Gross Domestic Product and Incomes ..........................................................................37

    Employment ...................................................................................................................37 Inflation...........................................................................................................................37 Other Macro-economic Figures ....................................................................................37

    Agricultural Production and the Food Crisis ................................................................38

    Conclusion ......................................................................................................................38 Social Consequences ..........................................................................................................38 Conclusion ..............................................................................................................................40 Annexure 1: Extract from NEPAD Document ................................................................41

    Annexure 2: Extract from Election Petition: Mutoko South .........................................46

    Annexure 3: Cases of Violence: MarchMay 2002 .......................................................50

    Annexure 4: Cases of Post-election Torture ....................................................................73

    Annexure 5: Section 158 of the Electoral Act .................................................................95

    Annexure 6: Vote-rigging in the Presidential Election ...................................................96

    Annexure 7: Allocation of Seized Farms ...................................................................... 101

    Annexure 8: Politicisation of Food Programme ........................................................... 123

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    FOREWORD

     Zimbabwe is suffering a very painful time. I commend the organizations that have

    put together this report, which accurately describes life in Zimbabwe at present.

     In the past two years, I have been greatly disheartened to watch the people of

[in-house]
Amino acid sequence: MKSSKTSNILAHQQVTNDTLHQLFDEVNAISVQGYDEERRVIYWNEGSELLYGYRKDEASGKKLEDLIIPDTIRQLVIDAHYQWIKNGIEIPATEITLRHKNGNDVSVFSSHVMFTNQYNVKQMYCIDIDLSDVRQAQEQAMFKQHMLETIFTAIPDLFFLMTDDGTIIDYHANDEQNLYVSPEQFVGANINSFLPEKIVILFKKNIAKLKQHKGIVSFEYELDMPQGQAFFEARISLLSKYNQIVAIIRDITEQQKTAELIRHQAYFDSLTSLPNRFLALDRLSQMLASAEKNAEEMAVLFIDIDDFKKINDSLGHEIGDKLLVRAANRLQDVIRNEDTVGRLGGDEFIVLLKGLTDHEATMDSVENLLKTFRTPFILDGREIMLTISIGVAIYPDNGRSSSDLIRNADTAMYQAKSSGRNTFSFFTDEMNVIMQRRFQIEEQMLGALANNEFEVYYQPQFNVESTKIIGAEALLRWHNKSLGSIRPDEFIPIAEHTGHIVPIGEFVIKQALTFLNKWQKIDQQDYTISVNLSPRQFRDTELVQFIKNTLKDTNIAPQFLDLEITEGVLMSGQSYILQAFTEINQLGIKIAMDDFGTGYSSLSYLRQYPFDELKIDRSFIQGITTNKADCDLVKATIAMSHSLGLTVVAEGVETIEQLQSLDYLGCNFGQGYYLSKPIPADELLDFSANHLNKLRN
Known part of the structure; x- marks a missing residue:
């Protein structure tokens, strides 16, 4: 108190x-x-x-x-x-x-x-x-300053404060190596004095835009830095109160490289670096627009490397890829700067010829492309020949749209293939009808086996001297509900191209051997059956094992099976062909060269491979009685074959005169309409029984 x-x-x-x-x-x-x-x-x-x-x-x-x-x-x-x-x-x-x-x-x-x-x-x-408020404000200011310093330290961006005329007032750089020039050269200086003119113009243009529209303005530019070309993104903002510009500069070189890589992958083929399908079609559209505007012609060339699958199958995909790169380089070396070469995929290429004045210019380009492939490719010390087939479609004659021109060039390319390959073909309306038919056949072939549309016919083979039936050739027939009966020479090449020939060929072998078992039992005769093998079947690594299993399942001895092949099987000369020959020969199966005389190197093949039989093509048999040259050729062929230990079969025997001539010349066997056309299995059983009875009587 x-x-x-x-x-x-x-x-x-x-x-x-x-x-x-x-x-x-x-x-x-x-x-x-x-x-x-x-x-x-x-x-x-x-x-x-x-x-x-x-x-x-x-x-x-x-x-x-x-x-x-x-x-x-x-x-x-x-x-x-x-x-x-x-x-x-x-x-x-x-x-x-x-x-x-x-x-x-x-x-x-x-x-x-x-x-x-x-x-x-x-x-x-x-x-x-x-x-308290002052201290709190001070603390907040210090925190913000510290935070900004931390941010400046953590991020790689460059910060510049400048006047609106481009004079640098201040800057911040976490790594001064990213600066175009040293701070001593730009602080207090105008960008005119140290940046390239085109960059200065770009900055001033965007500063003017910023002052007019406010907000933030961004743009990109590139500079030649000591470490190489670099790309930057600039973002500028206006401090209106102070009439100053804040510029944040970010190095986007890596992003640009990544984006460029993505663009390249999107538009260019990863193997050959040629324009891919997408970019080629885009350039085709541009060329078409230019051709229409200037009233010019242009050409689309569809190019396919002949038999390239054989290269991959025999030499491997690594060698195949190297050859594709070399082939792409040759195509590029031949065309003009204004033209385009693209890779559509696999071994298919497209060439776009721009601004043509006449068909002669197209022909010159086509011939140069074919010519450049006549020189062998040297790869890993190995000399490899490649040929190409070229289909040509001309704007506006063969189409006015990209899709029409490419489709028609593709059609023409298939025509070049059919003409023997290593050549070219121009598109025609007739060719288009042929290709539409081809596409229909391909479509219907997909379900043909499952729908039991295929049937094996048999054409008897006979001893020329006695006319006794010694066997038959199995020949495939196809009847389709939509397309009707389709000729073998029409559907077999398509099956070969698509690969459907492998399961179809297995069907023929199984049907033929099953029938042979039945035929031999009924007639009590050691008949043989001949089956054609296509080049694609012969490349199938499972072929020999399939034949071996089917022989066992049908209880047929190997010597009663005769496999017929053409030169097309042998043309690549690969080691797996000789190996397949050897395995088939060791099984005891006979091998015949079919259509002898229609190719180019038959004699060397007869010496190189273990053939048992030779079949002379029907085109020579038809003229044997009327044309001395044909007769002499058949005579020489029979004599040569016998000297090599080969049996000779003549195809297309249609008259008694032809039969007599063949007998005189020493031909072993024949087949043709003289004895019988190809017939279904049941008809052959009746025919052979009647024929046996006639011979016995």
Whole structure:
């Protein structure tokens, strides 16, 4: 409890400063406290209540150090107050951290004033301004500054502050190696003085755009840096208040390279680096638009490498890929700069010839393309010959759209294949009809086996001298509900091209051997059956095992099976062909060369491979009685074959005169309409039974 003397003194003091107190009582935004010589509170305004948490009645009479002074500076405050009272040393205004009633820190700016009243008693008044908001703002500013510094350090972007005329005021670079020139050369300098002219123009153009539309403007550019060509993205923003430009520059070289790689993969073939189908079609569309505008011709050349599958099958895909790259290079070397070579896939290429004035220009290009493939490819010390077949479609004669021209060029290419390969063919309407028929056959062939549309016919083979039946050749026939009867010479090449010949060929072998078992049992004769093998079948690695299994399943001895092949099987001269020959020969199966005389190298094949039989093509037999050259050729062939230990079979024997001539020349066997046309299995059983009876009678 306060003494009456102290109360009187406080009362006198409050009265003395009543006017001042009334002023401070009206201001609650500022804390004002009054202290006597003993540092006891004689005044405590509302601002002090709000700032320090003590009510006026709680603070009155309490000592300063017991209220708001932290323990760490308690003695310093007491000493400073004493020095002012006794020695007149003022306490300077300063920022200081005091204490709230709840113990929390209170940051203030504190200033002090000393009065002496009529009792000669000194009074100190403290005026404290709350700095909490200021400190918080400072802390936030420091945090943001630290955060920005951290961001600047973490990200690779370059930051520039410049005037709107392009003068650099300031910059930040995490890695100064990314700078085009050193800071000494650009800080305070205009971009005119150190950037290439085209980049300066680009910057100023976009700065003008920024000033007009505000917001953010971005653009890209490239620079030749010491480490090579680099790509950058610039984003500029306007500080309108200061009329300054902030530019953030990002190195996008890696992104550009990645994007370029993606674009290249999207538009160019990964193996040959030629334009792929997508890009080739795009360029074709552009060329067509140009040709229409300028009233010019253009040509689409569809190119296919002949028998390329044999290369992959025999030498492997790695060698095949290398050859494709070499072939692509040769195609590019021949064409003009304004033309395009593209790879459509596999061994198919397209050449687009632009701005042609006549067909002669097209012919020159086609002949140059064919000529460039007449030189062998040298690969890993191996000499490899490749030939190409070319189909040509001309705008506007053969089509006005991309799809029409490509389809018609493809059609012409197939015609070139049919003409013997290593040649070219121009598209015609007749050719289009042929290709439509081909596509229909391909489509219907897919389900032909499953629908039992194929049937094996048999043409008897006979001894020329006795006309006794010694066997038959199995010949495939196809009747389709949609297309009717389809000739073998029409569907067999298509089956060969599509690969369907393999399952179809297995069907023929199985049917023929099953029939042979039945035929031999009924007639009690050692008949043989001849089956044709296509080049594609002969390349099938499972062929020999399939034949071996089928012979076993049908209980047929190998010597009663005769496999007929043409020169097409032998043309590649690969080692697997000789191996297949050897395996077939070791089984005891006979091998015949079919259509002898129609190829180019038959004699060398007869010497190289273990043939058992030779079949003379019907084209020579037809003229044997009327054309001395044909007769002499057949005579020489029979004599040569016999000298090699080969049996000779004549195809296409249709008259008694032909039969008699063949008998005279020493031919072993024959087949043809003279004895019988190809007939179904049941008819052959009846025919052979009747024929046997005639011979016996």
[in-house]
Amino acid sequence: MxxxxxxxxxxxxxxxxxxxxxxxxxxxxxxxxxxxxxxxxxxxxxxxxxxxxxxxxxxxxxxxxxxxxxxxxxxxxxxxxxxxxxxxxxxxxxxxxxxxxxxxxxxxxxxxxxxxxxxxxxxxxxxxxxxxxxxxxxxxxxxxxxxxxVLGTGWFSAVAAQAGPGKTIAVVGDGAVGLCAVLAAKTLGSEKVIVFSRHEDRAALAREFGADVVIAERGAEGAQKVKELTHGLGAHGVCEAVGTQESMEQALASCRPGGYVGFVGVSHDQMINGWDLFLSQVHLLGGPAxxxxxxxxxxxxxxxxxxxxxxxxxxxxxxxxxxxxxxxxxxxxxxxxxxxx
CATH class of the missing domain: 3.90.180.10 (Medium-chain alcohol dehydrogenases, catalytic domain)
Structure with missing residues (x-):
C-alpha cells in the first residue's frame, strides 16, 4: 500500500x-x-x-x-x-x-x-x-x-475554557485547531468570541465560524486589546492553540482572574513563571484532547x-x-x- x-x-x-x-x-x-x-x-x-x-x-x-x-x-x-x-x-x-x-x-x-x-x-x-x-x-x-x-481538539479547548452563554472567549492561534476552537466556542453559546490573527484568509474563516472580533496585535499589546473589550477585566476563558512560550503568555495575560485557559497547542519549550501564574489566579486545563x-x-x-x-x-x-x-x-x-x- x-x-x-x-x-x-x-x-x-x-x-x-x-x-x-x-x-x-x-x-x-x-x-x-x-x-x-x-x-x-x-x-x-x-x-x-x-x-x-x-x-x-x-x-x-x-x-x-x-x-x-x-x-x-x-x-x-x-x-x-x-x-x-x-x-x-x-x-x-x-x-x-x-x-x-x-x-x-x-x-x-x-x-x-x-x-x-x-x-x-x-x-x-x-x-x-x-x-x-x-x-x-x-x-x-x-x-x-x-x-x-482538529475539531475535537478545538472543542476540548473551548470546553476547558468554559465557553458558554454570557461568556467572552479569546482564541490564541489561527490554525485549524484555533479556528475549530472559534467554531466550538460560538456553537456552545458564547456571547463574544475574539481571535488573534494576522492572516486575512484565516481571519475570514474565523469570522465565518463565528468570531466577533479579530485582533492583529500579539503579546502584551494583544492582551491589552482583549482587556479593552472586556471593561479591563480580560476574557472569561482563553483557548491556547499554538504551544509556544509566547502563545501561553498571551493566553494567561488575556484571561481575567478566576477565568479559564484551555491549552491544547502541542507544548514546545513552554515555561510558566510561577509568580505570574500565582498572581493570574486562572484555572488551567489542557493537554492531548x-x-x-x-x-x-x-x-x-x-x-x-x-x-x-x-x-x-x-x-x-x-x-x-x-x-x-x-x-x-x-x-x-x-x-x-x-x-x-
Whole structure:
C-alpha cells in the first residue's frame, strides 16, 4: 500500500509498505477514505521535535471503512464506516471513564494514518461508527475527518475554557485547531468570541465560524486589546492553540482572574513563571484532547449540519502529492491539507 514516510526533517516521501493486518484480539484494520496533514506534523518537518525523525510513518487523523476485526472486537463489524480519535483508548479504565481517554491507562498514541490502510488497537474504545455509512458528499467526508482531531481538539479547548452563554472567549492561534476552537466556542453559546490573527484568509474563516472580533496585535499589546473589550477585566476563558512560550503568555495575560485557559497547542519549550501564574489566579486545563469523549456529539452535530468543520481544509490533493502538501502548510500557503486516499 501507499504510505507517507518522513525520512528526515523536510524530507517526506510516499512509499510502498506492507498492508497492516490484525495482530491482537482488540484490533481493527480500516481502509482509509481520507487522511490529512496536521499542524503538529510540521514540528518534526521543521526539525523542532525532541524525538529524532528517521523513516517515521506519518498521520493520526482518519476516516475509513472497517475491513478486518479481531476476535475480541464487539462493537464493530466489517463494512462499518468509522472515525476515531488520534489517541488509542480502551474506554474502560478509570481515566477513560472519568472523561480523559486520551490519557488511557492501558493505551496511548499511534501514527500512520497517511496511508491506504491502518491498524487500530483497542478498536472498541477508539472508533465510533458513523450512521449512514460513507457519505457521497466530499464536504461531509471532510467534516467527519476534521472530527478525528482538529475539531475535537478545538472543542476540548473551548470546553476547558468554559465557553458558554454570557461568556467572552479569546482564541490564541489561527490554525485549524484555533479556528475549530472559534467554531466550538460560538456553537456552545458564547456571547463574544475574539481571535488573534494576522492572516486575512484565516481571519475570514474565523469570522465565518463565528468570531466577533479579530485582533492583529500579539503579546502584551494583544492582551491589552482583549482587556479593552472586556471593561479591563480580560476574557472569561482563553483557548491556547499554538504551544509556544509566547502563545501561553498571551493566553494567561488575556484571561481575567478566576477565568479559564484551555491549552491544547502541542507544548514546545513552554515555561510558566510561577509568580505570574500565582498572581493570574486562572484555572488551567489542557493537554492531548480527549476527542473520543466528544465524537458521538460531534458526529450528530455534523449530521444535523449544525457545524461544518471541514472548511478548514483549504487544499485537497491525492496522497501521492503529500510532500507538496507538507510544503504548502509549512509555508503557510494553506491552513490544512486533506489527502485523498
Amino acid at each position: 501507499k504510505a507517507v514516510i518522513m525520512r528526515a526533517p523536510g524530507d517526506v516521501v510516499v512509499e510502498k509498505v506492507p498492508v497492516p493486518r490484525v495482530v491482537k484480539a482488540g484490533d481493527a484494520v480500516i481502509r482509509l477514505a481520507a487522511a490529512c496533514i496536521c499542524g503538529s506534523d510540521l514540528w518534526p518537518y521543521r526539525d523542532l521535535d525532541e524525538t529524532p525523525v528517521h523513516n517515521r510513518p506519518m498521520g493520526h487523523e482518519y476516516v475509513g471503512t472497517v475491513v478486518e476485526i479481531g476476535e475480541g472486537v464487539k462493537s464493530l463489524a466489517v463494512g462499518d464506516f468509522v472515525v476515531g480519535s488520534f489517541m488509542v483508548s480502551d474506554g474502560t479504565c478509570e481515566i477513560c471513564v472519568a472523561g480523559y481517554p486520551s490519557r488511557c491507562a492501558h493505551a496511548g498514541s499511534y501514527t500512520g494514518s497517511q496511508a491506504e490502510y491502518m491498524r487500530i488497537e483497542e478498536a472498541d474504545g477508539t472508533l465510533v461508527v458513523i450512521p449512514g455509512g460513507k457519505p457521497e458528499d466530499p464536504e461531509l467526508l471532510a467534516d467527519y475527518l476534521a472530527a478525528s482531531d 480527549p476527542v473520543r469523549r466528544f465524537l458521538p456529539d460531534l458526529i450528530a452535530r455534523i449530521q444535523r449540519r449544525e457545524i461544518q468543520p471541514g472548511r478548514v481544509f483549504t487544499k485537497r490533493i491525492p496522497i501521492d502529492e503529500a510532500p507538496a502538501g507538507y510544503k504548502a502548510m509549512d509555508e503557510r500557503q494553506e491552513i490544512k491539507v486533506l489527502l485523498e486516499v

Zimbabwe suffer hunger, violence, and pain, and ultimately to watch this swell into anger

    as their hopes for peace and basic democratic freedoms have been frustrated.

    I have witnessed these realities. Over the last two years I have seen a steady

    deterioration of respect for human dignity and rights in Zimbabwe. In the past two

    months, I have known of a number of persons who have died of hunger right here in my

    city. We have seen police and militia threaten, intimidate, and sometimes attack unarmed

    civilian protesters. We have spoken out, only to be threatened and attacked ourselves.

    Writing a report such as this one, by the Crisis in Zimbabwe Coalition, carries

    great risks. Those risks must be borne by us all if we are to find a more peaceful path

    into the future.

     I pray that readers of this report will do their utmost to assist in stopping the

    unnecessary suffering that has been brought on this fine land. May God move you to act

    quickly and decisively.

    Pius A. Ncube

    Archbishop of Bulawayo, Zimbabwe

    June 2002

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    ZIMBABWE REPORT

    _______________

    EXECUTIVE SUMMARY

    Joint responsibility of NEPAD participants for good governance in Africa

    African leaders who participate in the New Partnership for Africa‘s Development (NEPAD) accept that democracy, good governance, human rights and sound economic

    management are essential for sustainable development. They therefore undertake joint

    responsibility for promoting and protecting democracy and human rights in their

    countries and regions.

    NEPAD will succeed only if participating leaders are ready to monitor fellow-participants and ensure the restoration of good governance in any African country that

    has departed from international norms of democracy and state legitimacy.

    Zimbabwe, whose government has departed from most of those norms, is a test case for NEPAD.

    Political violence and intimidation in Zimbabwe

    Serious political violence and intimidation in Zimbabwe began in early 2000 and has reached unacceptable levels.

    The violence began with invasions of commercial farms and has become widespread, particularly in the rural areas. Since January 2002, 57 people have been killed, 26

    ―disappeared‖ and more than 450 tortured. Thousands have been forced to flee their

    homes areas.

    Ninety per cent of the violence has been perpetrated by ZANU (PF) supporters or State security agents, with encouragement from leading members of the government.